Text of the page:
We, First Christian Church of Stow, have been successful at managing and making a reality major renovations projects here—from the sanctuary to the parking lot.

We, First Christian Church of Stow, have been successful at having a broader community presence through our weekly worship, outreach endeavors, Boy Scouts, Stow Recreation Basketball, Vacation Bible School (that saw record attendance this year), an Ice Cream Social, Pancake Breakfast, Rummage Sale, Pumpkin Patch, and Trunk of Treat that literally brought hundreds and hundreds of community folks to our church.

And we, First Christian Church of Stow, are so close to fulfilling a 2016 stewardship leap of faith and fund the new Chalice Grant—a ten thousand dollar gift that some organization will hopefully get from us as a game-changing blessing from God.  It is all progress because of faithful stewardship that had, not an inward focus, but an outward focus.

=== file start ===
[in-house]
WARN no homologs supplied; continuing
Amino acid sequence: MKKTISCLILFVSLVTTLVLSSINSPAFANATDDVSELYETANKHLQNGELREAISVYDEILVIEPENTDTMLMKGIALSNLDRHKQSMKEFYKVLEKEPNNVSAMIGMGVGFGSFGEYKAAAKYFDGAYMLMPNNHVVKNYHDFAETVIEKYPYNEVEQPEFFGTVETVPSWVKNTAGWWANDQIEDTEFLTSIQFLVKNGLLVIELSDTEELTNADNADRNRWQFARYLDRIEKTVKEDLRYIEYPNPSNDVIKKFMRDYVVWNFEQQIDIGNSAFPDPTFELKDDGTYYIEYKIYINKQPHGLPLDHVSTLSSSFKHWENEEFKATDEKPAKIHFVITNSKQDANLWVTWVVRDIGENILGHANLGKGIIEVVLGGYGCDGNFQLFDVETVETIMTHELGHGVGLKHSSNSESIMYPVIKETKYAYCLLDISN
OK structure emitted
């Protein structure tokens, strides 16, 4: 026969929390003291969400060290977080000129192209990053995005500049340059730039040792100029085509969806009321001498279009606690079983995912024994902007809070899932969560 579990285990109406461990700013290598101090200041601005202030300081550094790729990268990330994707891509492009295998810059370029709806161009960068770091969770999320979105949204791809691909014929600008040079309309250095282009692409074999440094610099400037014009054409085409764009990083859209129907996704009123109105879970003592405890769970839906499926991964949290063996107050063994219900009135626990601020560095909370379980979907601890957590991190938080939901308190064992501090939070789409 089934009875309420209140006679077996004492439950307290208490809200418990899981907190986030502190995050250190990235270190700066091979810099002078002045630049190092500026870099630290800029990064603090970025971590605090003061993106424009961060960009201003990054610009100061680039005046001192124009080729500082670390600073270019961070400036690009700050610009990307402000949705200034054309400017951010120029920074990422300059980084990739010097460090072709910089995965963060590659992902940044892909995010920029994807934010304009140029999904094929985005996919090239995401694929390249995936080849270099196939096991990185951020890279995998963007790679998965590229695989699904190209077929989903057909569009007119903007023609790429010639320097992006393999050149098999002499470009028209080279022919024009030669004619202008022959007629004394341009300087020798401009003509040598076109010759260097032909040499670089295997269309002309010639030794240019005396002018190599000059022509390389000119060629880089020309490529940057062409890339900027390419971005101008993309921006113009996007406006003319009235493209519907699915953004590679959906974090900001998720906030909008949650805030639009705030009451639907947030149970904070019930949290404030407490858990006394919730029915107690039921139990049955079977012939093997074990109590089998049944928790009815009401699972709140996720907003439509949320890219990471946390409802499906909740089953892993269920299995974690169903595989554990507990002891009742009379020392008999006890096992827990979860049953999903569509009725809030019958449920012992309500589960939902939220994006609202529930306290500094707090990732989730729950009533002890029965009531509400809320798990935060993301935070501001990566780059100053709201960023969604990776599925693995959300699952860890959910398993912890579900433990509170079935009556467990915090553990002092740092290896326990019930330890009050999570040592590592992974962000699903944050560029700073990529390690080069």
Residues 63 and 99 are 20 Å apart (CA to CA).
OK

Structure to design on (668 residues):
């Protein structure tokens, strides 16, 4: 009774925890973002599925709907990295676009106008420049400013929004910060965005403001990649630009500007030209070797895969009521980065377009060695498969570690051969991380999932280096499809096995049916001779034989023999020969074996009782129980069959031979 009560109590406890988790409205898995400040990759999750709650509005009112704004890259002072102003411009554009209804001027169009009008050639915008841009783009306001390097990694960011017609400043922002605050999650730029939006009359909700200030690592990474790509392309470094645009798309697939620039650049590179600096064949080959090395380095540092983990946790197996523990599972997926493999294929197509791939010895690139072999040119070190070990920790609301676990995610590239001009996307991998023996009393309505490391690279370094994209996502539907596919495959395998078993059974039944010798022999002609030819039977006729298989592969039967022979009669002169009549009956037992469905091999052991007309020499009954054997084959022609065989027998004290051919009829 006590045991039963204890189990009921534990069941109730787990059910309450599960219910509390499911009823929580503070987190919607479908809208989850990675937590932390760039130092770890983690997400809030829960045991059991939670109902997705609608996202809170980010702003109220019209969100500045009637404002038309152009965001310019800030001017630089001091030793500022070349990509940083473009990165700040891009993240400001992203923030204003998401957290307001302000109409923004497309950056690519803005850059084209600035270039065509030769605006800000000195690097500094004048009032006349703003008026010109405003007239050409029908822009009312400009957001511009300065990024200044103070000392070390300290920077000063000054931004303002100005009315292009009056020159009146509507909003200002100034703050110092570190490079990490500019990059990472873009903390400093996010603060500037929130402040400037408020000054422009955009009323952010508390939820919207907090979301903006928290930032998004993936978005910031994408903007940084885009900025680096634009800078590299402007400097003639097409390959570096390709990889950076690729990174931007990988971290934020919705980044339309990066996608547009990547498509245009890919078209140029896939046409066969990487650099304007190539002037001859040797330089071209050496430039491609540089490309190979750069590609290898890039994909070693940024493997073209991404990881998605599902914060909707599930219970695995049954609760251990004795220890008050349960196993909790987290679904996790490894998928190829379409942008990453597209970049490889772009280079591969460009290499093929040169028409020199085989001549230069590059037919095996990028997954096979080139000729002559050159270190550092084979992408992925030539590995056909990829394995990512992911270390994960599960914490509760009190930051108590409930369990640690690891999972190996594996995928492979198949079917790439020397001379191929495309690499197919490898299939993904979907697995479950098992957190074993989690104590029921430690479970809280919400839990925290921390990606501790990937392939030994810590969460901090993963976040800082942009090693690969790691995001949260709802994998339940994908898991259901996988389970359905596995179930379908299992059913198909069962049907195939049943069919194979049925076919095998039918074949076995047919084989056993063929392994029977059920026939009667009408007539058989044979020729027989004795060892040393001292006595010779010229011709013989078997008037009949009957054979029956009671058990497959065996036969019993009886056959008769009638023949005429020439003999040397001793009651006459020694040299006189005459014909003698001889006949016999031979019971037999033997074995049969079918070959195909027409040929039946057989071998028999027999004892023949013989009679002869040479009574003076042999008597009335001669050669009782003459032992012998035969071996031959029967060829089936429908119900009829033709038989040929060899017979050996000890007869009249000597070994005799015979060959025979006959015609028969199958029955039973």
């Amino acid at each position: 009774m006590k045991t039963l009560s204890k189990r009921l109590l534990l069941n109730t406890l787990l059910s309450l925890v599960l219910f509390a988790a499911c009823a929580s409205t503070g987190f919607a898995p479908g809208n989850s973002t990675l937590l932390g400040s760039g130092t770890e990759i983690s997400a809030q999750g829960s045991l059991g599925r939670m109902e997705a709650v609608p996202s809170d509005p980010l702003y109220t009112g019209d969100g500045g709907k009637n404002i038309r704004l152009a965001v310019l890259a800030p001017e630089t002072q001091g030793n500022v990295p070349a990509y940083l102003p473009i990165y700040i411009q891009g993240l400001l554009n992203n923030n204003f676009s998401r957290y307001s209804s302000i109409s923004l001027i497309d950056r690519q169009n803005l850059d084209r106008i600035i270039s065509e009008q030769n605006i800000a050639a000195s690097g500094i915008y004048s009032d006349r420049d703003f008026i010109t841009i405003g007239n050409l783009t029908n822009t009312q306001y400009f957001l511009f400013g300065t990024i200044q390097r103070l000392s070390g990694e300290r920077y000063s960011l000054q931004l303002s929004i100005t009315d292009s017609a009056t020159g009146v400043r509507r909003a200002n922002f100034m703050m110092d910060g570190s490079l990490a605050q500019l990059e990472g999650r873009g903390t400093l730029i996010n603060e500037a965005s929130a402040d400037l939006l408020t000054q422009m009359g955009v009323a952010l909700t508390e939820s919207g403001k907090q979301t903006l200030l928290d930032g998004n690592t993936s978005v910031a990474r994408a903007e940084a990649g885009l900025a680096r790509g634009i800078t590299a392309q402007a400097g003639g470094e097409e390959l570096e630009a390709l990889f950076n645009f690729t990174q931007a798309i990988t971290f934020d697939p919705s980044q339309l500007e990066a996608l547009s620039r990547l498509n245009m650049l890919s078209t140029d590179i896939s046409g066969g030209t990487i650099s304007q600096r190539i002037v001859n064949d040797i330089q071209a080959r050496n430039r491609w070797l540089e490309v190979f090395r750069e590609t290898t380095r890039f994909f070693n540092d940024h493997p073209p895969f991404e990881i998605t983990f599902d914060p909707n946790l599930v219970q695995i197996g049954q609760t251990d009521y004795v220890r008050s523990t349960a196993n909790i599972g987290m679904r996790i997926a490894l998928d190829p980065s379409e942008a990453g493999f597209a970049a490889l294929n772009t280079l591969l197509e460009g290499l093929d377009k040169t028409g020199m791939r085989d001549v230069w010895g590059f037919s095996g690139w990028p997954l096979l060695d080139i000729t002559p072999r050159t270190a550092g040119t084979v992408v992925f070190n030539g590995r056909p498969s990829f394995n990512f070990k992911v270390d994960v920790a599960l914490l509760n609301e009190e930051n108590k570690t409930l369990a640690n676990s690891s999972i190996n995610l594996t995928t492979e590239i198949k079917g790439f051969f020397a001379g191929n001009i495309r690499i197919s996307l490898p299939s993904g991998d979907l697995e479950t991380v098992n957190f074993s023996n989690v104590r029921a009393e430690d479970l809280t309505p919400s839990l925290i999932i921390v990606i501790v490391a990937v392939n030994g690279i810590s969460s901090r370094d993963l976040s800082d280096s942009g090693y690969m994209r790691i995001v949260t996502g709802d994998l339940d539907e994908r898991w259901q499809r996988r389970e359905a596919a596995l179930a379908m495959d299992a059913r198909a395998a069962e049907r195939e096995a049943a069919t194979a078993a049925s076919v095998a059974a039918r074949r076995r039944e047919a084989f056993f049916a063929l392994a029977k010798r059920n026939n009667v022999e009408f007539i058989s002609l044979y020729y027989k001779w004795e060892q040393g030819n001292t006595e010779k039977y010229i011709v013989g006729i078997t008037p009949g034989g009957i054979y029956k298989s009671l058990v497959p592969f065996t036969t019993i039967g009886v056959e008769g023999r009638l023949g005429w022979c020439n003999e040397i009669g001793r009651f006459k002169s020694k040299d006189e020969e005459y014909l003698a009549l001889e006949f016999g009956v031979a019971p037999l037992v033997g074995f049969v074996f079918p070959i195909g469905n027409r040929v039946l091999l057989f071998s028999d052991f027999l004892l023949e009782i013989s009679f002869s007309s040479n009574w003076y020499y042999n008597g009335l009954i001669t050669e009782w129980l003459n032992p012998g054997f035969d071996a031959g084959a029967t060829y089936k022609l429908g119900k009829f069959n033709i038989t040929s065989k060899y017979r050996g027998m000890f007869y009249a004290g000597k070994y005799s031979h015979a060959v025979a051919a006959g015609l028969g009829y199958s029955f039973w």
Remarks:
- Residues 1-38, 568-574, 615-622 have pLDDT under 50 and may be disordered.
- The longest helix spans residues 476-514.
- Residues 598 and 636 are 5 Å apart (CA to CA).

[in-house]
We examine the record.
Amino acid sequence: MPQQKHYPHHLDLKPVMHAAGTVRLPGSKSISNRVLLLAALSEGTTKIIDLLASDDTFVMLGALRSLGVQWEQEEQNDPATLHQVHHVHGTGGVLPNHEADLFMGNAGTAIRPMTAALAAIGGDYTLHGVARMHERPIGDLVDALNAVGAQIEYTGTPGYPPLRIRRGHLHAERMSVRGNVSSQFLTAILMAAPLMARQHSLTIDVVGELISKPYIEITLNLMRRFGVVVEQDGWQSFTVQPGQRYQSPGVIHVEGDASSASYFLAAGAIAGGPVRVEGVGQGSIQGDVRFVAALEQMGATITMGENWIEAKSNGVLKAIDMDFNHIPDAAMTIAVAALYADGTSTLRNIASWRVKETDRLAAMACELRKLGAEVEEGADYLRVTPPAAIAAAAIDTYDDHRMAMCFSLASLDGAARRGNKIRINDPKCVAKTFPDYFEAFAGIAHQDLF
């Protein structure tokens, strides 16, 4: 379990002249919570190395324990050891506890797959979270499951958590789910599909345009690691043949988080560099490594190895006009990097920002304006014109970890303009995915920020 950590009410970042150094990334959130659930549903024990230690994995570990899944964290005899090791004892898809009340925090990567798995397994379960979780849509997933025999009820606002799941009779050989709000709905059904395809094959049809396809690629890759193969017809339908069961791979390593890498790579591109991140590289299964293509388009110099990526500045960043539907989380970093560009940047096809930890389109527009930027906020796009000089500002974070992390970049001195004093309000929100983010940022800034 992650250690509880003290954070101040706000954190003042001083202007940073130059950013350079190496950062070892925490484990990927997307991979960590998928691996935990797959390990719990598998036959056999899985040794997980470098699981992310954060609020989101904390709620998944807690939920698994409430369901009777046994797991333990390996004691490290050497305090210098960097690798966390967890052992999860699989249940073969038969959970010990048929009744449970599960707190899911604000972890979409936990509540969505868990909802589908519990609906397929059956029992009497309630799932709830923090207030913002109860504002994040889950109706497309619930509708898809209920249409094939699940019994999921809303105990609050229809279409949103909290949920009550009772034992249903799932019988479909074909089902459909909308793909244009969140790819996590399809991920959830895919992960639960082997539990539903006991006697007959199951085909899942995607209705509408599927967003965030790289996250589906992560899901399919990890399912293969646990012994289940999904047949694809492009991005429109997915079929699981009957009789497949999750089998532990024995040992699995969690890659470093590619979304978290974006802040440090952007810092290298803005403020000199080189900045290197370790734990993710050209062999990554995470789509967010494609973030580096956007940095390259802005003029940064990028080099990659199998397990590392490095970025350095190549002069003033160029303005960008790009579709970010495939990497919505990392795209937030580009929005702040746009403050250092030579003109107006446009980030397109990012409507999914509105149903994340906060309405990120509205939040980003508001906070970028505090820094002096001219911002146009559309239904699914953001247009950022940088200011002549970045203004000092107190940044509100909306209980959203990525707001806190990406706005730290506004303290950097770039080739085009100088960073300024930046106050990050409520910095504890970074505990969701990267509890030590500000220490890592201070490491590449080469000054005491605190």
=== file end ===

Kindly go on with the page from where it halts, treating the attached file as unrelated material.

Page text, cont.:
But there’s an unanswered question in the middle of this Stewardship Paradox: How does giving generously actually lead to contentment?  The connection between sowing and reaping makes good logical sense, but the link between giving and happiness is a bit harder to establish.  There are no clearly defined metrics as to how good stewardship can make us happier in our rich but rotten-feeling world today, but there can be a spiritual metric that can give indication.